skip navigation


Register for Latest Research

Stay Informed
Register with NCJRS to receive NCJRS's biweekly e-newsletter JUSTINFO and additional periodic emails from NCJRS and the NCJRS federal sponsors that highlight the latest research published or sponsored by the Office of Justice Programs.

NCJRS Abstract

The document referenced below is part of the NCJRS Virtual Library collection. To conduct further searches of the collection, visit the Virtual Library. See the Obtain Documents page for direction on how to access resources online, via mail, through interlibrary loans, or in a local library.


NCJ Number: 140149 Find in a Library
Title: Technology Transfer (From Drug Abuse Prevention Intervention Research: Methodological Issues, P 248-263, 1991, Carl G. Leukefeld and William J. Bukoski, eds. - see NCJ-140135)
Author(s): S P Schinke; M A Orlandi
Corporate Author: US Dept of Health and Human Services
Alcohol, Drug Abuse, and Mental Health Admin
United States of America
Date Published: 1991
Page Count: 16
Sponsoring Agency: National Institute of Justice/
Rockville, MD 20849
National Institute on Drug Abuse
Bethesda, MD 20892-9561
NCJRS Photocopy Services
Rockville, MD 20849-6000
Superintendent of Documents, GPO
Washington, DC 20402
US Dept of Health and Human Services
Rockville, MD 20857
Grant Number: DA-03277; DA-05321
Sale Source: Superintendent of Documents, GPO
Washington, DC 20402
United States of America

National Institute of Justice/
NCJRS paper reproduction
Box 6000, Dept F
Rockville, MD 20849
United States of America

NCJRS Photocopy Services
Box 6000
Rockville, MD 20849-6000
United States of America
Document: PDF
Type: Survey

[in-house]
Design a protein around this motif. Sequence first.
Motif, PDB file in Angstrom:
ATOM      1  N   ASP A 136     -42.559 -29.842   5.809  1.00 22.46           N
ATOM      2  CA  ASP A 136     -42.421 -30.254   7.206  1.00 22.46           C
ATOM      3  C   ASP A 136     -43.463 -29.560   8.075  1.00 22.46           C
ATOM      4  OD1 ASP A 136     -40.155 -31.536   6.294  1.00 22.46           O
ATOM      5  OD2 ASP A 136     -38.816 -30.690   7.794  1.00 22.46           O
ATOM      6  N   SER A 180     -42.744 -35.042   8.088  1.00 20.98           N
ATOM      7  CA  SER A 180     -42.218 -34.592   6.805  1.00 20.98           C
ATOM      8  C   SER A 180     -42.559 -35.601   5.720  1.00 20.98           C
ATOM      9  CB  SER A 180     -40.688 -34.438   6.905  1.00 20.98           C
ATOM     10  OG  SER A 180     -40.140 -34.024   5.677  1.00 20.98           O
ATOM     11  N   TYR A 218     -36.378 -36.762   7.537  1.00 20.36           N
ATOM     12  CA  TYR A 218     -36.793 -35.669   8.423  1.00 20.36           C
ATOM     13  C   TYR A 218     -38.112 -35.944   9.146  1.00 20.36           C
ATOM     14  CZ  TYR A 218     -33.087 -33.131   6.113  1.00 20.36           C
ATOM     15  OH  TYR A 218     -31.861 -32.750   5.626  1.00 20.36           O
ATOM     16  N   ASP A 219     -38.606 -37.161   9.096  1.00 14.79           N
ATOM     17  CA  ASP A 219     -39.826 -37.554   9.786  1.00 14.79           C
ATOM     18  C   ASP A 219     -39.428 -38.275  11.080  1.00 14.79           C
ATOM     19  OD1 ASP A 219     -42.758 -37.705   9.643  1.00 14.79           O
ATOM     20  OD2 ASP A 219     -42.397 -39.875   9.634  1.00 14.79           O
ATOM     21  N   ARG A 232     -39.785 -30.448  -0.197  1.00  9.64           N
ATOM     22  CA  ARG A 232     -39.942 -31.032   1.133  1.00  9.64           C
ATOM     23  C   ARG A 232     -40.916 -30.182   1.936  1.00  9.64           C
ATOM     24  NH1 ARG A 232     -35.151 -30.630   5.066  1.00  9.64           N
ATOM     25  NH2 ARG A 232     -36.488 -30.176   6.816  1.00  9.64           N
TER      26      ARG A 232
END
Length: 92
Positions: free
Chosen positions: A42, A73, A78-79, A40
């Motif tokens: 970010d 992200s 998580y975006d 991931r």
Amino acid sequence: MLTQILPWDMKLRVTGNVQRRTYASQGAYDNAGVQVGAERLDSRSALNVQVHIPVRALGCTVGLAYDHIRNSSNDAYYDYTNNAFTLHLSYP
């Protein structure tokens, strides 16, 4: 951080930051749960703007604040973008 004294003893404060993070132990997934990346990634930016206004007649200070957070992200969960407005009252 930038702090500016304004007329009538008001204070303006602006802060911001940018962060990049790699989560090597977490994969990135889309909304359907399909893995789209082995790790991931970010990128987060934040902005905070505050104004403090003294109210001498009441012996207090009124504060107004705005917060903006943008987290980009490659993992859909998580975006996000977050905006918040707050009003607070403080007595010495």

Language: English
Country: United States of America
Annotation: This discussion defines technology transfer and illustrates the stages of technology transfer in the field of drug abuse prevention.
Abstract: This author defines technology transfer as a process through which methodologies and interventions for substance abuse prevention emerge from research and move into application. There are eight sequenced stages to technology transfer: basic research, applied research, technology development, evaluation, demonstration, adoption, application in practice, and obsolescence. Innovation concerns the evolution from one technology transfer process to another; it involves five stages including mobilization, adoption, implementation, maintenance, and evolution. The area of diffusion is central to transferring prevention techniques to agencies and individuals who need the knowledge in order to carry out their own programs. Technology development, target population factors, and environmental receptivity are identified as the three key factors that influence technology transfer. The process of technology transfer can be enhanced by sticking to basics, replicating studies, analyzing costs, and striving for high-quality dissemination. 16 references
Main Term(s): Drug prevention programs; Technology transfer
Index Term(s): Program design; Research methods
Note: NIDA Research Monograph 107
To cite this abstract, use the following link:

*A link to the full-text document is provided whenever possible. For documents not available online, a link to the publisher's website is provided. Tell us how you use the NCJRS Library and Abstracts Database - send us your feedback.